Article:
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© Jack Cashill
In my Thursday column, Who is Sandy Berger, I noted the tendency among our progressive friends to dismiss all information that is incompatible with their worldview.
I cited as an example my recent experience at the Avalon Theater in Washington D.C. There, during an evolution debate, I ventured to discuss last November’s referendum in Missouri on the issue of embryonic stem cell research.
“Amendment Two” had been drafted to give researchers in Missouri a constitutional right to engage in embryonic stem cell research.
Although I was right in the middle of the Missouri battle, the audience members rejected my observation that education on the issue favored the opponents of embryonic stem cell research.
When I observed that the opponents closed a two to one gap in the last month of the campaign through a serious grass roots education campaign and nearly pulled out a victory despite being outspent about ten to one, some audience members reacted angrily. The arsenal of facts at my disposal impressed them not at all.
After that article was published, I received the following email:
I was there that night at the Avalon Theatre. I would be the gent that angrily responded to you about the Missouri information about Stem Cell Research that you were trying to pass off as fact. Care to take the time to back that up with some hard data? Or are you ID people stuck on "intuition" or conjecture as portrayed so accurately in the film, Flock of Dodos.
I just rechecked the numbers, and I stand corrected. The YES on Amendment 2 forces did not have a 10 to 1 lead in fundraising. They had a 20 to 1 lead. As of October 15, 2006, they had out-raised the NO forces $28.74 million to $1.47 million--$28 million of that from one couple.
Yet despite the money, and the glossy intervention of Michael J. Fox, the YES forces had lost their early 2-1 lead in the polls and were nearing a dead heat. The more Missourians learned about therapeutic cloning, the less they liked it. It was time to play hardball.
For me the defining moment of this new ball game came on Halloween night. I was mindlessly watching TV and passing out Halloween candy when my neighbor and her three little ones, two football players and a cheerleader, came breathlessly to the door of my Kansas City home
“Did you see the ACORN guy,” the mom said alarmed. “He is peeing in the street.”
I had not yet seen this fellow, but I had met two of his colleagues in the days previous. The radical community activist group ACORN--Association of Community Organizations for Reform Now--had dumped them and scores of other “paid volunteers” in our midst to drum up new voter registrants.
These volunteers had made local news when it was revealed that, to meet their daily quotas, they were not limiting the pool of new voters to the living. True to form, while ACORN workers were exhuming new voters, major media folks were burying the story. They all had an election to win.
As to specifics, Election Board officials in St. Louis had discovered roughly 1,500 "potentially fraudulent" voter registration cards, including at least three from the deceased, and this just a few weeks before the election.
The primary culprit in St. Louis was ACORN. In Kansas City meanwhile four ACORN employees were indicted for voter registration fraud.
None of this surprised me. What did surprise me, however, was that my ACORN guys were recruiting only those progressive-minded folks, living or dead, who would vote “YES” on Amendment Two.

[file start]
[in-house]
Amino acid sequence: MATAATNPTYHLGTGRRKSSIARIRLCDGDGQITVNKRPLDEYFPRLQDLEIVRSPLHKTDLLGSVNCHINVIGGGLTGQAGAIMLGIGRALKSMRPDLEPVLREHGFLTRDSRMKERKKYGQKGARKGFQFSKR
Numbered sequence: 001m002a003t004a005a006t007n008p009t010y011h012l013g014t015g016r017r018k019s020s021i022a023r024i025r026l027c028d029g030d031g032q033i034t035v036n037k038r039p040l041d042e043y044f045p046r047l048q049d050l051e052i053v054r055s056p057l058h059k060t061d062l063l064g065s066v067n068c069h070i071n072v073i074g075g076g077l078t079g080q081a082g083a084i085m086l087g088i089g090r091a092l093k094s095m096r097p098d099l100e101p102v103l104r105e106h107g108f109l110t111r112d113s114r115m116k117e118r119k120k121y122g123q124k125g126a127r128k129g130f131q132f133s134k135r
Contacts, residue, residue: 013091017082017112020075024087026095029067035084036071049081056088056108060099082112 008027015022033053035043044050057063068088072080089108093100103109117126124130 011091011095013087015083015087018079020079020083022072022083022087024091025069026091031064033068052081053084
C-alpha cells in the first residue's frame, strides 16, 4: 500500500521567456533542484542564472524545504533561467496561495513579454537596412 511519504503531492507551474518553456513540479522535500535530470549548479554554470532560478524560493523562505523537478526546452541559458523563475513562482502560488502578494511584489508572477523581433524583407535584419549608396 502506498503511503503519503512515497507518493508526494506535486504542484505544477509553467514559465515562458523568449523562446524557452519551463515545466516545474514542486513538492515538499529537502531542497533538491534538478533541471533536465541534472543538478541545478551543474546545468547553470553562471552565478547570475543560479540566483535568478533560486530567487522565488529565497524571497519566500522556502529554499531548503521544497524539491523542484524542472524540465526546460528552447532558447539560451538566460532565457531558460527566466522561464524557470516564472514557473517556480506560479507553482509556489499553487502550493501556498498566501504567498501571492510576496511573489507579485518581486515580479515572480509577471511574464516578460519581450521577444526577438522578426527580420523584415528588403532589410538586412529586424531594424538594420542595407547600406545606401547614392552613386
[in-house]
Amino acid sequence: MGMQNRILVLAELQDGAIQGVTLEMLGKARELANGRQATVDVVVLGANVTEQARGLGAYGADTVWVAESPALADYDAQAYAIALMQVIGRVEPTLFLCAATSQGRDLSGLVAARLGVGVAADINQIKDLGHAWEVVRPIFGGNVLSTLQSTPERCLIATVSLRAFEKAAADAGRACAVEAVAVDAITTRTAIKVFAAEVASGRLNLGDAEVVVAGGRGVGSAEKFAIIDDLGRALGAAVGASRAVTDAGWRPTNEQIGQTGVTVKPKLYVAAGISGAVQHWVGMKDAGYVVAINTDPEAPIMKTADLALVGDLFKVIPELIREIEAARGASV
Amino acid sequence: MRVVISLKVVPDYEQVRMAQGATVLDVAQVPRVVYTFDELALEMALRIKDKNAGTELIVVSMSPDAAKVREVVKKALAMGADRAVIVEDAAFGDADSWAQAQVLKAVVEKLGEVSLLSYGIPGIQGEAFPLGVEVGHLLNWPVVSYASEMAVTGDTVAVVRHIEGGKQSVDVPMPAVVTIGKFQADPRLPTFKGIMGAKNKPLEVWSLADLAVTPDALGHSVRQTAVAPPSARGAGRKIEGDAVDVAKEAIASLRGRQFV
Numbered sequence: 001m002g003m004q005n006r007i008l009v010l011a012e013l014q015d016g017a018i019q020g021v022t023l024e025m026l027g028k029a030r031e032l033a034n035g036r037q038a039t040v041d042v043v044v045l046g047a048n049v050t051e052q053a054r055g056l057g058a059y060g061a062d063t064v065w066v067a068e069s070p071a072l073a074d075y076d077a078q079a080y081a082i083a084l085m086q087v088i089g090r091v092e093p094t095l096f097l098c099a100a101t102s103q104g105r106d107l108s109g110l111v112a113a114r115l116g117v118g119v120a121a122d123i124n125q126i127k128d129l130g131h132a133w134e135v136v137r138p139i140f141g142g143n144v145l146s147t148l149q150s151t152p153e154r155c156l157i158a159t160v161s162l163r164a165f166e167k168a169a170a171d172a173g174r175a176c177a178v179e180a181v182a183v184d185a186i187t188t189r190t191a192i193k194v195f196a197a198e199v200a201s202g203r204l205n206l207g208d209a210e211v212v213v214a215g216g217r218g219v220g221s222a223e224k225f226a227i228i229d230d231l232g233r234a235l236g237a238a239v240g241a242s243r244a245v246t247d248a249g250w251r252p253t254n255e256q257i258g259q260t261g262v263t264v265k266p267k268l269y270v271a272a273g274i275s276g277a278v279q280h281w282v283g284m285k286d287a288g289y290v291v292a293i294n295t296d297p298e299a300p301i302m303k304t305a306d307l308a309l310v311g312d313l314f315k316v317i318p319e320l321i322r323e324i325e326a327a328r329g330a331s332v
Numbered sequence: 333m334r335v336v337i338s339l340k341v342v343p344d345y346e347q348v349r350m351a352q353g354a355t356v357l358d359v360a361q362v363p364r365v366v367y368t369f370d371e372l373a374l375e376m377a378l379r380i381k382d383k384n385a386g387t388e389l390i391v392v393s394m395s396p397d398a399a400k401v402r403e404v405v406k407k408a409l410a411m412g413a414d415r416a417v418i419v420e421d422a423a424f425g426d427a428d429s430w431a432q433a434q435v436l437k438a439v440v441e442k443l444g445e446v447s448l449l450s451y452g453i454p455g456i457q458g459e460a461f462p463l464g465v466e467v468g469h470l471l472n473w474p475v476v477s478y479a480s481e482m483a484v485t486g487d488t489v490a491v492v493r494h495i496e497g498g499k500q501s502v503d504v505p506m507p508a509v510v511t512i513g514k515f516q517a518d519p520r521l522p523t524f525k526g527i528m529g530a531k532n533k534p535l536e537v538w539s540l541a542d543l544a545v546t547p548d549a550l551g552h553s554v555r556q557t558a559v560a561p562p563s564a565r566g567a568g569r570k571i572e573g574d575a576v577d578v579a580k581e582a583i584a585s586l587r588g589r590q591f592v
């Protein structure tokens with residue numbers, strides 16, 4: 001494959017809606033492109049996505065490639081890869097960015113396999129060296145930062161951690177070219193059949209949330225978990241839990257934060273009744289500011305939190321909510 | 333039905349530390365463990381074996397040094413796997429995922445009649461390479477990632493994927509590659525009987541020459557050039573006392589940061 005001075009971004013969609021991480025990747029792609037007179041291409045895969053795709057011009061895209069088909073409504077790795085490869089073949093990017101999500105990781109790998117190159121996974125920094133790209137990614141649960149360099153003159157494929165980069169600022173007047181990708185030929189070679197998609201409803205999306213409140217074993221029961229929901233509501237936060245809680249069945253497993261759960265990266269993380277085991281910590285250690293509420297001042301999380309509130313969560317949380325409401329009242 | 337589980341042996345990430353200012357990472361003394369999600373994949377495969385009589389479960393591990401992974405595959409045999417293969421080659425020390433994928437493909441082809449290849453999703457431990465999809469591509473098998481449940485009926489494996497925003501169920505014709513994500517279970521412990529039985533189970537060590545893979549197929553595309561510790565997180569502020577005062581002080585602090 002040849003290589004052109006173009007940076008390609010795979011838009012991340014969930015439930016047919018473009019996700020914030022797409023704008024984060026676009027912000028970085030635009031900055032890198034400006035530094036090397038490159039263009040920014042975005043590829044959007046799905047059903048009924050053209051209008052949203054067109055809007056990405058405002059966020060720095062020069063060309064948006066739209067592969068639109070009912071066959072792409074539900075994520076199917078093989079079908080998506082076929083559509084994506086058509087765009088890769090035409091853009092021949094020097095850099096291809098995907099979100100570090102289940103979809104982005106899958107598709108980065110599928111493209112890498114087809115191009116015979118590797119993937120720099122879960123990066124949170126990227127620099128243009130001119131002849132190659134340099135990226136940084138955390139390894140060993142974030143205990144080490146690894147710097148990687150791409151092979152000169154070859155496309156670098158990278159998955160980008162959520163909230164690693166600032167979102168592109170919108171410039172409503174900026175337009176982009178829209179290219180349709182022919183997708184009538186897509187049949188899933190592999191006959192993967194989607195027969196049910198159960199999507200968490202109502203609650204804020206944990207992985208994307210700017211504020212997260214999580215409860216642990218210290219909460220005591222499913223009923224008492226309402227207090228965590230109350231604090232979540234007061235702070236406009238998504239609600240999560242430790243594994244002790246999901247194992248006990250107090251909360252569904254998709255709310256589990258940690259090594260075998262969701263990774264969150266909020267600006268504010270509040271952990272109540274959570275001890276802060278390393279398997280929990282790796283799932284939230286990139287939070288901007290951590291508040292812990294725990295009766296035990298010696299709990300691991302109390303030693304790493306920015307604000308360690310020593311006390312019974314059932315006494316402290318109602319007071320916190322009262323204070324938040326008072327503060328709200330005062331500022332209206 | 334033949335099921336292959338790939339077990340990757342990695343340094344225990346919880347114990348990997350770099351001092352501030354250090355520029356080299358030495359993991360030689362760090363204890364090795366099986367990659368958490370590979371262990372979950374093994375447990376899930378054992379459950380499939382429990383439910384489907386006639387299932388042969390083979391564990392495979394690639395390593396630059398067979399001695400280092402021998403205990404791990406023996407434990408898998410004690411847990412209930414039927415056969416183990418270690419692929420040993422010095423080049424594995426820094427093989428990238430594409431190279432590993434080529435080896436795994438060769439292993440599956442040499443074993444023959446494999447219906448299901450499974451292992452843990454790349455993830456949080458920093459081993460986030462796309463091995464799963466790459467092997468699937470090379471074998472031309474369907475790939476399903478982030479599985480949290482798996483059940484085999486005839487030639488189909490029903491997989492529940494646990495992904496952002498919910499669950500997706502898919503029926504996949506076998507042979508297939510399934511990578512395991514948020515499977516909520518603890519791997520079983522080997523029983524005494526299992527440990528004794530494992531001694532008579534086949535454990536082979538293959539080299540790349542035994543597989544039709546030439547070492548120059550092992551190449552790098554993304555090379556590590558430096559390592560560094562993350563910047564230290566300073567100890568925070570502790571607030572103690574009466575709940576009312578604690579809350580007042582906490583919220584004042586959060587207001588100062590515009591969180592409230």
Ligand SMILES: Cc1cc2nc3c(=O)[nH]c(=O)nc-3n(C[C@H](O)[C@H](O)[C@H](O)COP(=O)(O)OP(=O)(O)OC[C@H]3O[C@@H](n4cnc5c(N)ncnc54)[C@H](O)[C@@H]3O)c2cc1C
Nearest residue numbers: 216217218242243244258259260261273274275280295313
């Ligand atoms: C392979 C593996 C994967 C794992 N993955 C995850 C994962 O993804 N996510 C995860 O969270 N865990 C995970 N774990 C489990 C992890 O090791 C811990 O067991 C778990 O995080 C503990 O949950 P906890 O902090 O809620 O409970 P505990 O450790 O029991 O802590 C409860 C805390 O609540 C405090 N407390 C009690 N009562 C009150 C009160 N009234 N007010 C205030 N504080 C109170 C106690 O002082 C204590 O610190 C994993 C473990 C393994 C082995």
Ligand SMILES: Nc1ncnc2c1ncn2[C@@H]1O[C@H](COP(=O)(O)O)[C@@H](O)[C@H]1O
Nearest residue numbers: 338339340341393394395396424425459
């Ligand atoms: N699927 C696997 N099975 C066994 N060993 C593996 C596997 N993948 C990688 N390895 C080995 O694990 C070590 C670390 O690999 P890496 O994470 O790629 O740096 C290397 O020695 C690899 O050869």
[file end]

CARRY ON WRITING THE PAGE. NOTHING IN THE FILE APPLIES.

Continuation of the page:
I read ACORN’s web site from end to end, and found absolutely nothing in their mission about stem cell or any other kind of medical research.
I tried to find out what motivated the ACORN volunteers, but I met with little success. The first guy I met was incapable of talking to anyone. He had been sitting uninvited on people’s porches for the past few hours scaring the neighbor children.
When I tried to talk to him, he told me he thought he was on Chestnut Street, two miles to the east. I honestly thought this guy had Alzheimer’s so I called 911 on his behalf in the hope that some kindly police officer would escort him to a better place. To his credit, he did not pee on me or in the street.
The second ACORN guy I met was at least semi-coherent. He also did not pee in the street. The third ACORN guy, the one who peed in the street, was also marginally alert. I asked them both why ACORN was supporting Amendment 2.
Although they were amiable enough, neither of them had a clue. Both were clearly zoned out in any case, almost assuredly on drugs, as they and their pals wandered Zombie-like throughout Missouri, likely scoring some serious candy in the run-up to Halloween.
Still, their collective efforts paid off. With their huge edge in campaign funds, complete media support, and free reign in the streets, the YES forces eked out a 51 to 49 percent victory, a smaller than 50,000 vote margin.
The ACORN recruitment efforts proved instrumental. By a 64-36, the forces of scientific progress convinced the “no high school” vote that embryonic stem cell research was in their best interest.
They did nearly as well with the “under $15,000 income vote,” scoring there 63-37. That was just the margin they needed, and they elected Democratic senator Claire McCaskill in the progress.
In general, the NO voters went to the polls hugely better informed than the YES voters. Here I speculate, but I am confident a far higher portion of the NO voters know what the letters “SCNT” stand for.
And I would bet my house to my querulous correspondent’s lawnmower that this is so.
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